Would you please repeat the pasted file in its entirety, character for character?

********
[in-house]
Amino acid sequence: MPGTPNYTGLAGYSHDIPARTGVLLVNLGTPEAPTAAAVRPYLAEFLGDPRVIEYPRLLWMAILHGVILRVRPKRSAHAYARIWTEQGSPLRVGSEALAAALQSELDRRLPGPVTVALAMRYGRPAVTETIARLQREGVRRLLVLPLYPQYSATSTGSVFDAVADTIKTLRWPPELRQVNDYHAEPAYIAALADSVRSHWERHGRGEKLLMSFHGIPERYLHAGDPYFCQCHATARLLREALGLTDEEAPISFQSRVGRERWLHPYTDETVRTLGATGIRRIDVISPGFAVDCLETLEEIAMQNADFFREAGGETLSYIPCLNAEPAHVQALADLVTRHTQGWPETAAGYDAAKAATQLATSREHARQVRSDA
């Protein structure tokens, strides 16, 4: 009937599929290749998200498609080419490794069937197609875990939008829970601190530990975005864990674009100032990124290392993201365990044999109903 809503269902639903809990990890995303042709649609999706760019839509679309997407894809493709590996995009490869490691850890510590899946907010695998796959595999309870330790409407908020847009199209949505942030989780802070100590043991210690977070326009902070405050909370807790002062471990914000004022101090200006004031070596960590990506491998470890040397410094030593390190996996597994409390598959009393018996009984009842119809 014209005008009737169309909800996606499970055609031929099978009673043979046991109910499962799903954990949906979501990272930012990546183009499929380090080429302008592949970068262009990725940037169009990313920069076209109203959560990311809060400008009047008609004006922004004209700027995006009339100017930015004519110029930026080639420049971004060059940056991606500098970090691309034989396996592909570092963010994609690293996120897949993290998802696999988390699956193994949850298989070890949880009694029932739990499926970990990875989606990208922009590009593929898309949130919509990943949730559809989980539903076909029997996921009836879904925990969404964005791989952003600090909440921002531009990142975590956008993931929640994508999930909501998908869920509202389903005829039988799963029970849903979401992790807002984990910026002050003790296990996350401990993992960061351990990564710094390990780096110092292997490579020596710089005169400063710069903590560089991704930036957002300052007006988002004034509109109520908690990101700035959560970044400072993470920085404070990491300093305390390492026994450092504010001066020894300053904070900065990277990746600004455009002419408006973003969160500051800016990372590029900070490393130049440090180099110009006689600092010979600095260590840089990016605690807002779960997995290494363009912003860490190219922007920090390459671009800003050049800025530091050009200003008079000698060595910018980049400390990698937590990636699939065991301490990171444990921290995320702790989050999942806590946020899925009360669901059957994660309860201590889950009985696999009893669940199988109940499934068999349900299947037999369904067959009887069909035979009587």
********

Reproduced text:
[in-house]
Amino acid sequence: MPGTPNYTGLAGYSHDIPARTGVLLVNLGTPEAPTAAAVRPYLAEFLGDPRVIEYPRLLWMAILHGVILRVRPKRSAHAYARIWTEQGSPLRVGSEALAAALQSELDRRLPGPVTVALAMRYGRPAVTETIARLQREGVRRLLVLPLYPQYSATSTGSVFDAVADTIKTLRWPPELRQVNDYHAEPAYIAALADSVRSHWERHGRGEKLLMSFHGIPERYLHAGDPYFCQCHATARLLREALGLTDEEAPISFQSRVGRERWLHPYTDETVRTLGATGIRRIDVISPGFAVDCLETLEEIAMQNADFFREAGGETLSYIPCLNAEPAHVQALADLVTRHTQGWPETAAGYDAAKAATQLATSREHARQVRSDA
């Protein structure tokens, strides 16, 4: 009937599929290749998200498609080419490794069937197609875990939008829970601190530990975005864990674009100032990124290392993201365990044999109903 809503269902639903809990990890995303042709649609999706760019839509679309997407894809493709590996995009490869490691850890510590899946907010695998796959595999309870330790409407908020847009199209949505942030989780802070100590043991210690977070326009902070405050909370807790002062471990914000004022101090200006004031070596960590990506491998470890040397410094030593390190996996597994409390598959009393018996009984009842119809 014209005008009737169309909800996606499970055609031929099978009673043979046991109910499962799903954990949906979501990272930012990546183009499929380090080429302008592949970068262009990725940037169009990313920069076209109203959560990311809060400008009047008609004006922004004209700027995006009339100017930015004519110029930026080639420049971004060059940056991606500098970090691309034989396996592909570092963010994609690293996120897949993290998802696999988390699956193994949850298989070890949880009694029932739990499926970990990875989606990208922009590009593929898309949130919509990943949730559809989980539903076909029997996921009836879904925990969404964005791989952003600090909440921002531009990142975590956008993931929640994508999930909501998908869920509202389903005829039988799963029970849903979401992790807002984990910026002050003790296990996350401990993992960061351990990564710094390990780096110092292997490579020596710089005169400063710069903590560089991704930036957002300052007006988002004034509109109520908690990101700035959560970044400072993470920085404070990491300093305390390492026994450092504010001066020894300053904070900065990277990746600004455009002419408006973003969160500051800016990372590029900070490393130049440090180099110009006689600092010979600095260590840089990016605690807002779960997995290494363009912003860490190219922007920090390459671009800003050049800025530091050009200003008079000698060595910018980049400390990698937590990636699939065991301490990171444990921290995320702790989050999942806590946020899925009360669901059957994660309860201590889950009985696999009893669940199988109940499934068999349900299947037999369904067959009887069909035979009587």